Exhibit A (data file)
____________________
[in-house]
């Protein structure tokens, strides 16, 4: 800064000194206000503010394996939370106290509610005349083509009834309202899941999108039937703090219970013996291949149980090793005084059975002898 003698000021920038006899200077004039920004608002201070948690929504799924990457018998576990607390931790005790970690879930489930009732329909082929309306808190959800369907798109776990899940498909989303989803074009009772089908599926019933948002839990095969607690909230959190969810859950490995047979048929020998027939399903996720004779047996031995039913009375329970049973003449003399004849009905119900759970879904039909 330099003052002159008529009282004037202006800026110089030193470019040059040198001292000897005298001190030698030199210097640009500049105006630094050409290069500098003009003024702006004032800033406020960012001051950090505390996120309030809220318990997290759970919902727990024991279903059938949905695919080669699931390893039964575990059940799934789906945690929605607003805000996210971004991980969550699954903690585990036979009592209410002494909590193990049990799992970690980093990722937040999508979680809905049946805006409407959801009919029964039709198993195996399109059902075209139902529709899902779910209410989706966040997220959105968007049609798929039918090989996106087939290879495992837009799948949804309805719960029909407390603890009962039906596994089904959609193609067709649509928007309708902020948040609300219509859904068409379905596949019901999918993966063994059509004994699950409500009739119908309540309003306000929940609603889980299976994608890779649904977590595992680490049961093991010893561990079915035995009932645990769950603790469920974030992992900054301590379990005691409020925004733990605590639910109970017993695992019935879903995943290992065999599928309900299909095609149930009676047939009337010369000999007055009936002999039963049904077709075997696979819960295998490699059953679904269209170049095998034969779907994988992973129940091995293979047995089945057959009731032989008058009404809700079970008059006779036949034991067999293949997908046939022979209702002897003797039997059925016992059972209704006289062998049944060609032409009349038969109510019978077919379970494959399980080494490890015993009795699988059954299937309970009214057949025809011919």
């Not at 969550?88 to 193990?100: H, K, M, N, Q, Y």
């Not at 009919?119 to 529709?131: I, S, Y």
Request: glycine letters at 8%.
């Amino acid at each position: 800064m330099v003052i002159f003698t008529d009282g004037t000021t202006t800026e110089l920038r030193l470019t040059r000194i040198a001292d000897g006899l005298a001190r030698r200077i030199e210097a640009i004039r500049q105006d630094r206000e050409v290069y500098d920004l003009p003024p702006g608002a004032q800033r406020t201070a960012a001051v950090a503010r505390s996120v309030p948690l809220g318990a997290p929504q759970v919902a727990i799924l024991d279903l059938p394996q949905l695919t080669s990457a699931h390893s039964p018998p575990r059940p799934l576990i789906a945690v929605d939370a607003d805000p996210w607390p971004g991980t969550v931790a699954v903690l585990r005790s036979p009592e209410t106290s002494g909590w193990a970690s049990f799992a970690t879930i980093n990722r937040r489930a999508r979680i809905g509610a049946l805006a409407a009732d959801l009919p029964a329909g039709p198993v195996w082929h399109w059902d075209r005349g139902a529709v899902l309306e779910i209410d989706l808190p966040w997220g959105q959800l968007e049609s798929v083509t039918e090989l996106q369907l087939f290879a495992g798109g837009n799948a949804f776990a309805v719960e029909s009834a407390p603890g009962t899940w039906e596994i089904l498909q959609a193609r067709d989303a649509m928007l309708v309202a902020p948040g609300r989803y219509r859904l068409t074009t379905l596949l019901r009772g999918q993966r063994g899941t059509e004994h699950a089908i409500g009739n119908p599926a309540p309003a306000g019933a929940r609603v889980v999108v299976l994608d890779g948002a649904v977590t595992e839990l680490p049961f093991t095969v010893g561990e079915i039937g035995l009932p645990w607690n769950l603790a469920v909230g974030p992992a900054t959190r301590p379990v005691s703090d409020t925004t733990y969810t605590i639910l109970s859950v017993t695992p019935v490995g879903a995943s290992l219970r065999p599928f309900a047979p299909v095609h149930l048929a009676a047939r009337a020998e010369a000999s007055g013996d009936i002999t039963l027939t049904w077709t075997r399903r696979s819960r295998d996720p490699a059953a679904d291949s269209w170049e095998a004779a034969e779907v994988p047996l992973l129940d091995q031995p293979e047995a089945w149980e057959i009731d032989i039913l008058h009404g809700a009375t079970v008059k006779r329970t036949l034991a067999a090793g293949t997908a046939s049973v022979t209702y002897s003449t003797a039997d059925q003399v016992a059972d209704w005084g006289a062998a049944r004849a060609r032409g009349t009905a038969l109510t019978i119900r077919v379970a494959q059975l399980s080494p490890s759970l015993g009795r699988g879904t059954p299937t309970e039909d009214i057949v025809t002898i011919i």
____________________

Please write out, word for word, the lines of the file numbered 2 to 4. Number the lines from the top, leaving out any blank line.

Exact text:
């Protein structure tokens, strides 16, 4: 800064000194206000503010394996939370106290509610005349083509009834309202899941999108039937703090219970013996291949149980090793005084059975002898 003698000021920038006899200077004039920004608002201070948690929504799924990457018998576990607390931790005790970690879930489930009732329909082929309306808190959800369907798109776990899940498909989303989803074009009772089908599926019933948002839990095969607690909230959190969810859950490995047979048929020998027939399903996720004779047996031995039913009375329970049973003449003399004849009905119900759970879904039909 330099003052002159008529009282004037202006800026110089030193470019040059040198001292000897005298001190030698030199210097640009500049105006630094050409290069500098003009003024702006004032800033406020960012001051950090505390996120309030809220318990997290759970919902727990024991279903059938949905695919080669699931390893039964575990059940799934789906945690929605607003805000996210971004991980969550699954903690585990036979009592209410002494909590193990049990799992970690980093990722937040999508979680809905049946805006409407959801009919029964039709198993195996399109059902075209139902529709899902779910209410989706966040997220959105968007049609798929039918090989996106087939290879495992837009799948949804309805719960029909407390603890009962039906596994089904959609193609067709649509928007309708902020948040609300219509859904068409379905596949019901999918993966063994059509004994699950409500009739119908309540309003306000929940609603889980299976994608890779649904977590595992680490049961093991010893561990079915035995009932645990769950603790469920974030992992900054301590379990005691409020925004733990605590639910109970017993695992019935879903995943290992065999599928309900299909095609149930009676047939009337010369000999007055009936002999039963049904077709075997696979819960295998490699059953679904269209170049095998034969779907994988992973129940091995293979047995089945057959009731032989008058009404809700079970008059006779036949034991067999293949997908046939022979209702002897003797039997059925016992059972209704006289062998049944060609032409009349038969109510019978077919379970494959399980080494490890015993009795699988059954299937309970009214057949025809011919």
């Not at 969550?88 to 193990?100: H, K, M, N, Q, Y």
């Not at 009919?119 to 529709?131: I, S, Y």